Editor in Chief: Moh. Reza Huwaida Friday, November 16th, 2018

Belt and Road Initiative: A Globally Productive Project

Afghanistan has played a role as the “Center of Asian Crossroads” in the Ancient Silk Road and seeks to regain its position in the Belt and Road Initiative, which was put forward by Chinese President Xi Jinping in 2013 on his visit to Central Asia and South Asia in a bid to boost connectivity through building a network of highways, railways and pipelines linking Asia, Africa and Europe.
On his recent visit to China, Afghan Senate Chairman Fazal Hadi Muslimyar asked the Chinese leadership to give special significance to Afghanistan’s geo-political position under the BRI.
The initiative, comprises the overland ‘Silk Road Economic Belt’ and ‘21st Century Maritime Silk Road’, spans 65 countries, covering more than 60 pc of world’s population and one-third of global GDP. Economic belt is physical road made up of six corridors that link China to Central Asia and South Asia and onward to Europe. These corridors include roads, railways, bridges and power plants. The Maritime Silk Road is a network of seaports or shipping lanes which links China to the nations of South East Asia, the Gulf Countries, North Africa, and on to Europe. With the engagement of many states, the scope of the BRI is still taking shape.
The Silk Road, whose name is derived from the lucrative trade of silk from China to Eurasian countries, was an ancient network of trade routes that connected the Eurasia. It was central for cultural interaction between the regions for many centuries. Trade along the Silk Road had major impacts on the development of the civilizations of China, Korea, Japan, the Indian subcontinent, Persia, Europe and Arabia as it opened long-distance economic relations between civilizations. However, the Ottoman Empire boycotted trade with the west and closed the Silk Road.
China is seeking to open a new page in the history through revitalizing the ancient Silk Road and strengthening global connectivity. A Chinese saying goes, “If you want to go fast, go alone. If you want to go far, go together.” China intends to go far and the initiative will promote global economy through infrastructure, connectivity, financial mechanism and public policies. According to Scott Kennedy of the Center for Strategic and International Studies, the B&R will “include promotion of enhanced policy coordination across the Asian continent, financial integration, trade liberalization, and people-to-people connectivity”. Therefore, China calls all nations to get on board the express train of China’s peaceful development.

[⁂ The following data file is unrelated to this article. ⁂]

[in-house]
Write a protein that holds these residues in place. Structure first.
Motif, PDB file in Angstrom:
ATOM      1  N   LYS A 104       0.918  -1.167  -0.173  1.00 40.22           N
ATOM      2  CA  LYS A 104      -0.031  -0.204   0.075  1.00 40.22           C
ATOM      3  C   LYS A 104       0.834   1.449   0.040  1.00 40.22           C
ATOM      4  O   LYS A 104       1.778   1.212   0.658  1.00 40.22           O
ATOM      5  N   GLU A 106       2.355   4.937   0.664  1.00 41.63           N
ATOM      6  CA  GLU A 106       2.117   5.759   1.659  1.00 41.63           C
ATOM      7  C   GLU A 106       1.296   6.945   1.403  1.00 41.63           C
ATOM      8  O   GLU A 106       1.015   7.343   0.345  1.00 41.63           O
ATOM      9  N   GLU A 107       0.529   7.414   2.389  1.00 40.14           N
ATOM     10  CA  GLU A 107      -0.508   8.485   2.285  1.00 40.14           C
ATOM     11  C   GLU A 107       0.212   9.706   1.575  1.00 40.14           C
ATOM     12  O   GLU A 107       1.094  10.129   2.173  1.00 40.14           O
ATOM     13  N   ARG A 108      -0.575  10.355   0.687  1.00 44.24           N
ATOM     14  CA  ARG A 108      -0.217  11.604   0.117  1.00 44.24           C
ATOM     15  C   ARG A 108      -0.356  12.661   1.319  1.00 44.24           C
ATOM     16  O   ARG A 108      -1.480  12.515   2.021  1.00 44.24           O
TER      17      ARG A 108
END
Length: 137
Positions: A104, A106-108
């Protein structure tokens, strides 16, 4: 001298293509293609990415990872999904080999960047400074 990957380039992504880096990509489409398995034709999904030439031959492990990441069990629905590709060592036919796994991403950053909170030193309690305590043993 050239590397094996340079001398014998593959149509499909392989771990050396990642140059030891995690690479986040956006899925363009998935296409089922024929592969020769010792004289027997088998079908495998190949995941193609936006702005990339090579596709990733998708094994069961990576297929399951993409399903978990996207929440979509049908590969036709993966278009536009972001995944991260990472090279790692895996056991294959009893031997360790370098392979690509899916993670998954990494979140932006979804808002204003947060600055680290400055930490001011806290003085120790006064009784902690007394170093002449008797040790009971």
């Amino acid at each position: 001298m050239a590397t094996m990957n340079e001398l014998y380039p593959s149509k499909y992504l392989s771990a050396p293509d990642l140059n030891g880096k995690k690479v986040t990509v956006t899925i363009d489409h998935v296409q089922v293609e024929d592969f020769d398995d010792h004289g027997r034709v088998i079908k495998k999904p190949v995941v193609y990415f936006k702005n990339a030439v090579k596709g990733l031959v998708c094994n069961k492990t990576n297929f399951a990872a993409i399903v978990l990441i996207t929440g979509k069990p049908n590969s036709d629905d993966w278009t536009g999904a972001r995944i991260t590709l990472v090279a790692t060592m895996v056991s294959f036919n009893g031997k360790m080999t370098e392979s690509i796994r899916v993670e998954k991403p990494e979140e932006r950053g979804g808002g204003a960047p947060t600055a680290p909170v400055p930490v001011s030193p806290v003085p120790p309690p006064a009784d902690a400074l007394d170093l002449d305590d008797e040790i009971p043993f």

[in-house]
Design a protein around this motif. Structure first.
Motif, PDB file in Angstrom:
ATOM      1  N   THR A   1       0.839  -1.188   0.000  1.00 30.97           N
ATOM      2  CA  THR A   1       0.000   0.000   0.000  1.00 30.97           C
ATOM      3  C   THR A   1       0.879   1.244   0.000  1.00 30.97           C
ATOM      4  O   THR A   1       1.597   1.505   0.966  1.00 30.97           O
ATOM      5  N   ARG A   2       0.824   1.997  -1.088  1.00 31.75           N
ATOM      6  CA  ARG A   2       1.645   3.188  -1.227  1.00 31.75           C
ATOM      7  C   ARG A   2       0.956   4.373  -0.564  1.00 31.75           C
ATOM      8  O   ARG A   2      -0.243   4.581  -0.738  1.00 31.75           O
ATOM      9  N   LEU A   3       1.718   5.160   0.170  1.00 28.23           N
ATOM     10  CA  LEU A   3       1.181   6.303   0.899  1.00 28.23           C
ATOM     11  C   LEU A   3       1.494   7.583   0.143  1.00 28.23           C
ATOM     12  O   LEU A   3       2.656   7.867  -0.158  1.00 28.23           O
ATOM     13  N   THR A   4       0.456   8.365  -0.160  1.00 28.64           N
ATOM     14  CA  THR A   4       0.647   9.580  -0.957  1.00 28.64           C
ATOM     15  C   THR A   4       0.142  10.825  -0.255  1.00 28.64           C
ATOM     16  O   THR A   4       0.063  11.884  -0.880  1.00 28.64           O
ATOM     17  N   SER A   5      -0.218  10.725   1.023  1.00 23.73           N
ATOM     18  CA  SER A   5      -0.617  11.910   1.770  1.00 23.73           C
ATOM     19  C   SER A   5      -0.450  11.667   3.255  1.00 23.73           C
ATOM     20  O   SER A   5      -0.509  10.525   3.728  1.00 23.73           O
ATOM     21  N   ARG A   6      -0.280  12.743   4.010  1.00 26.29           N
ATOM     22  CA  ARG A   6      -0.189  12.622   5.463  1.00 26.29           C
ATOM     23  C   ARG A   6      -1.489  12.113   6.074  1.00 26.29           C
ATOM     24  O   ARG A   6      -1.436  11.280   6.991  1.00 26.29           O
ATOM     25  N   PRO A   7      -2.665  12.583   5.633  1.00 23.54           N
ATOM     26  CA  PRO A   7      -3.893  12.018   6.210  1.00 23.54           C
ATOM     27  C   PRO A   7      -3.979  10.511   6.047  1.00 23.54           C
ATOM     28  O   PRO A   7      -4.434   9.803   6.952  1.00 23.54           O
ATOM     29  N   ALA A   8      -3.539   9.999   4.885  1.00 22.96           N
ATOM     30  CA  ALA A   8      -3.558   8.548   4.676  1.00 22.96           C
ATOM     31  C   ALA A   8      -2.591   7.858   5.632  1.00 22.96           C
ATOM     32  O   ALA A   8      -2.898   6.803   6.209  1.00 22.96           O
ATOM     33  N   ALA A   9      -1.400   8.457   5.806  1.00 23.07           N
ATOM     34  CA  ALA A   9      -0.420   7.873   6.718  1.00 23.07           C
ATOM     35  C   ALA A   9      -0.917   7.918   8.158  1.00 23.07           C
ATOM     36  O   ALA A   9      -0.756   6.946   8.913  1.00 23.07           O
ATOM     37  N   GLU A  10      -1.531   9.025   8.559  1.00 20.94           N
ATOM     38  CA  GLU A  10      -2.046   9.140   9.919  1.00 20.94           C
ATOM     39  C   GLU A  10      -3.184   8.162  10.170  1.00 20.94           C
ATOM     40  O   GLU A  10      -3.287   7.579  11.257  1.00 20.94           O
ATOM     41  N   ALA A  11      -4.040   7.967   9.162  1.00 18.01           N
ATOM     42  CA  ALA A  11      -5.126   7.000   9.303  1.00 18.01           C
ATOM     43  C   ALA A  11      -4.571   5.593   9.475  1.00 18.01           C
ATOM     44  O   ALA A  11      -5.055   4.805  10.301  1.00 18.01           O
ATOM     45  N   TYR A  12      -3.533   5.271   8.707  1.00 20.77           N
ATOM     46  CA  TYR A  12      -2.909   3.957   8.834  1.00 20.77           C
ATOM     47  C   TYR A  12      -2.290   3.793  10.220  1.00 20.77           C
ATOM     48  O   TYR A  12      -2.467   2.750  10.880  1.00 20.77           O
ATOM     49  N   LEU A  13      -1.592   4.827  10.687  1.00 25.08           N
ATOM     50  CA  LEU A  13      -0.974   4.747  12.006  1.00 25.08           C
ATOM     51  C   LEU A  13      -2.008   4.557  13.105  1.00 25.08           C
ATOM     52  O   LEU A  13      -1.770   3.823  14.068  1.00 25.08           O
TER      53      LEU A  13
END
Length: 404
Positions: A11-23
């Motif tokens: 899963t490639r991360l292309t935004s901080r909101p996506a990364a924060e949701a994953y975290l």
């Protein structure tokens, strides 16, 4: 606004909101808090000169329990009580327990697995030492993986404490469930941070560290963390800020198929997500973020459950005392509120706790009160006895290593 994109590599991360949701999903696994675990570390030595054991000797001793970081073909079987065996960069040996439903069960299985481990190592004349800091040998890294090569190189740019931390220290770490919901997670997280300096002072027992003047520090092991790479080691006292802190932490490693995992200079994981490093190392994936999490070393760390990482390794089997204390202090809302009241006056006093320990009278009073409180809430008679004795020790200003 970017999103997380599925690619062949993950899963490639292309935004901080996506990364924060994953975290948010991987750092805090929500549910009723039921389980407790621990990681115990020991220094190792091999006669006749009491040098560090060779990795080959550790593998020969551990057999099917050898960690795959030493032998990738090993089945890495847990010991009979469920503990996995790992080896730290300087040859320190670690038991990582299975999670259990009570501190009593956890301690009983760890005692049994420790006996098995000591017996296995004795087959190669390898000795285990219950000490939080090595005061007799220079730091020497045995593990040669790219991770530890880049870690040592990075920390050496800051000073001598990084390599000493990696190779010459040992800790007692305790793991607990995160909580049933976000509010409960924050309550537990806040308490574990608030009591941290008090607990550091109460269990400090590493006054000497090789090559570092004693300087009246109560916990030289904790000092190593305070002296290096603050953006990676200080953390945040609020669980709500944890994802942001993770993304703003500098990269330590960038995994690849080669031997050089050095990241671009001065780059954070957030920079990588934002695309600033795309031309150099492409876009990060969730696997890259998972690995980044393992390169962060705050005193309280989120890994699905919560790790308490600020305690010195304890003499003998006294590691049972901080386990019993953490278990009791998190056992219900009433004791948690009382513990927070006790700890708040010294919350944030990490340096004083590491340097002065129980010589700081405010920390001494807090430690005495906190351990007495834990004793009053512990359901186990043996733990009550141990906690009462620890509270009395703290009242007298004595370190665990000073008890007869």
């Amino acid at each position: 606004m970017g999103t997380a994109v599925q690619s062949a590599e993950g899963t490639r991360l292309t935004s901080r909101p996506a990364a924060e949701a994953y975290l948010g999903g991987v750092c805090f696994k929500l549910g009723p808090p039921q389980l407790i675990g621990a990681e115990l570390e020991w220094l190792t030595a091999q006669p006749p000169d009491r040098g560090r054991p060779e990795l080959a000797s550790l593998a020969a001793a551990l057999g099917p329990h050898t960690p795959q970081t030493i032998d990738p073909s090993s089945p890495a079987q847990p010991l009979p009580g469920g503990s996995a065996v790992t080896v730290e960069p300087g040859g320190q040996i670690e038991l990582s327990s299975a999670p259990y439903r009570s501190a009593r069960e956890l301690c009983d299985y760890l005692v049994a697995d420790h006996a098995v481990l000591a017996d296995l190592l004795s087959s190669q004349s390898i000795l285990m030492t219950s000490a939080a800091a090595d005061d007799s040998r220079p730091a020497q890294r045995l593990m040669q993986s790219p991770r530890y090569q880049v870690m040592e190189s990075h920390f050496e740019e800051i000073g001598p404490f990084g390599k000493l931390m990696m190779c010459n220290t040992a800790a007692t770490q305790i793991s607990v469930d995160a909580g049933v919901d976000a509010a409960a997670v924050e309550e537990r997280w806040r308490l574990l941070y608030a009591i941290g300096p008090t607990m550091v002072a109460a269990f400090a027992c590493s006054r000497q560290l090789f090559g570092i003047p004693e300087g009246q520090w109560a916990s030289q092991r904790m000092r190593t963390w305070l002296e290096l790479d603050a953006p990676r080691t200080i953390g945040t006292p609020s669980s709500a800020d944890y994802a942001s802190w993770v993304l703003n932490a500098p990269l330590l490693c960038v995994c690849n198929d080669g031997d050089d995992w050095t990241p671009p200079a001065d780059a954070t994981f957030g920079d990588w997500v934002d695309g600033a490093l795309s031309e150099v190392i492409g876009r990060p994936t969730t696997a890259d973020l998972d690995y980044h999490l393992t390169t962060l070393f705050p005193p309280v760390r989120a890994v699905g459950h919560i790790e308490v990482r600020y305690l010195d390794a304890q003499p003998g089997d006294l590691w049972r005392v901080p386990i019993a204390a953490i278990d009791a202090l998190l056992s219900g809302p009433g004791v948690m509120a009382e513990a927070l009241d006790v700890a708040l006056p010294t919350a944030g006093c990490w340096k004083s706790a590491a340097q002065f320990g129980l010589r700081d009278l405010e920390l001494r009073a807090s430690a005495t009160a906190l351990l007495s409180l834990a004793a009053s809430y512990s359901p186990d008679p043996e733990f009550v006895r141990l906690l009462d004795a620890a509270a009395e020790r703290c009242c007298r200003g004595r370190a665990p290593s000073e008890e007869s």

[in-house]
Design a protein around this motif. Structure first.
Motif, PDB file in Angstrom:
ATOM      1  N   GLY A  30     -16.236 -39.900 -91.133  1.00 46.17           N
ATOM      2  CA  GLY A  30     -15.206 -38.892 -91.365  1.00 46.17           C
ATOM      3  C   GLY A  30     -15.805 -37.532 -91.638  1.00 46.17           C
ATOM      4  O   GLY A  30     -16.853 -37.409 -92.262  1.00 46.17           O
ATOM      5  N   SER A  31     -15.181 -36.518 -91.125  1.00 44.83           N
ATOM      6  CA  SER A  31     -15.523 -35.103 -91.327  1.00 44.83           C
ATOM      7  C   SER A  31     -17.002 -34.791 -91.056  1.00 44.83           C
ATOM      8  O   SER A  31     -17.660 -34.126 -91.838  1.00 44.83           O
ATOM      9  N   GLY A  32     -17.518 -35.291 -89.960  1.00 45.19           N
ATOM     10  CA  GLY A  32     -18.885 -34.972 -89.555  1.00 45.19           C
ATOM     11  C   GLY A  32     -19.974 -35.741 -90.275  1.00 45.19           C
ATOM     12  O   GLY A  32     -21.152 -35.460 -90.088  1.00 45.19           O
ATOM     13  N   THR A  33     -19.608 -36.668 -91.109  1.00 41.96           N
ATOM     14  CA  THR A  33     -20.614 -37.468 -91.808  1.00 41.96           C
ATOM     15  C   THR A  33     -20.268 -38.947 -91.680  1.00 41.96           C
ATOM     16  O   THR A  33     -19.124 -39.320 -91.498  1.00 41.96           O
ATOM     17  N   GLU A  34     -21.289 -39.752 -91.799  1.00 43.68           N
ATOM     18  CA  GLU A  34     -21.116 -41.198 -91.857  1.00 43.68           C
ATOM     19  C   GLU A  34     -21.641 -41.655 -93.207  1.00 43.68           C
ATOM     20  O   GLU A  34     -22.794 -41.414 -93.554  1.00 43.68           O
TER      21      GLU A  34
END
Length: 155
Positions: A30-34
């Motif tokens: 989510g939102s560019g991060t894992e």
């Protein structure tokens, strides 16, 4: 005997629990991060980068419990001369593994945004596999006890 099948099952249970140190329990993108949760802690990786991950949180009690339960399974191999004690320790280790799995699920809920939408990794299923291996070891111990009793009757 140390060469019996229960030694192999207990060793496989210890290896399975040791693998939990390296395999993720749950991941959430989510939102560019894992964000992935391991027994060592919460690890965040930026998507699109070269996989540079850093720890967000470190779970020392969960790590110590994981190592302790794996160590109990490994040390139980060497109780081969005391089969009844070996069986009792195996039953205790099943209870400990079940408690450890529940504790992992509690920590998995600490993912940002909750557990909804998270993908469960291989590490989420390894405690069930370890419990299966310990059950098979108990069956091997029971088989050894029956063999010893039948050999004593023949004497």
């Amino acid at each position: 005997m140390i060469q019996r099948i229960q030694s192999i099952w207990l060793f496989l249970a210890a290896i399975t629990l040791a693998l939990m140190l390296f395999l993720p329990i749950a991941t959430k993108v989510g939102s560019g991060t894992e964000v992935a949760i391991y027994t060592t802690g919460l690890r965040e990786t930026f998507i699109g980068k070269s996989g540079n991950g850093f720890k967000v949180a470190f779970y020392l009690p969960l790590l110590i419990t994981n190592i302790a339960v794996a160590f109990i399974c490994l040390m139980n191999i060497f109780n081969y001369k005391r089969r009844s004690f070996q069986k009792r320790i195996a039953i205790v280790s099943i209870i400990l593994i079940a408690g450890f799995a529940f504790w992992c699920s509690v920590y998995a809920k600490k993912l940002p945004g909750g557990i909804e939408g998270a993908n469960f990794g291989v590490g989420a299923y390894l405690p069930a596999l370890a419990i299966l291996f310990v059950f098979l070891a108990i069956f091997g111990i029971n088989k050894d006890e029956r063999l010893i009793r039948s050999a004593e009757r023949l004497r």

Vasquez, a member of Washington-headquartered Schiller Institute, says that the “economic cake” grows along with China’s progress in infrastructure building and development in science and technology, there will be “more cakes” to go around for everyone.
It is believed that building a harmonious world of lasting peace and common prosperity is one of the main objectives of the BRI. The spirit of Silk Road which has been handed from generation to generation up to now is “peace, cooperation, openness, inclusiveness, mutual benefit and mutual learning”. So, the initiative is a development strategy without ideological objective. It goes without saying that the joint efforts in the frame of BRI will be more successful than the individual struggle for four reasons: Network effects, organized financing mechanism, leadership and China’s stage of economic development. To enhance economic development, China says, “Build it and they will come”. This strategy will bear the desired result for BRI countries. According to Chinese economists, connectivity and economic link play the best role in the development of a country and this connectivity is possible only through building roads as a Chinese saying goes, “Building the road is the first step towards prosperity”. 
Moreover, the BRI will generate new trade and investment opportunities, alleviate global poverty, create jobs and contribute to global economy. Through linking the coastal regions, the BRI will bridge the gap between rural and urban areas so as to build a balanced economy.
Since being self-reliant in the era of globalization is almost impossible and peoples need to fulfill their needs through supply and demands, more than 100 countries and international organizations have joined the BRI, 86 countries signed the Memorandum of Understanding with China and the United Nations General Assembly adopted its resolution to support this global infrastructure inter-connectivity endeavor.
The initiative is complementary to the 2030 Agenda for Sustainable Development of the United Nations, as China prioritizes sustainable development in social and economic issues. One of the main reasons behind the SDG is alleviating poverty, as it states in the fourth section of Article 1: “By 2030, ensure that all men and women, in particular the poor and the vulnerable, have equal rights to economic resources, as well as access to basic services, ownership and control over land and other forms of property, inheritance, natural resources, appropriate new technology and financial services, including microfinance”. This is the very objective of the initiative as China seeks to build a moderately prosperous society and “a community with a shared future” where all can live free from poverty and hunger.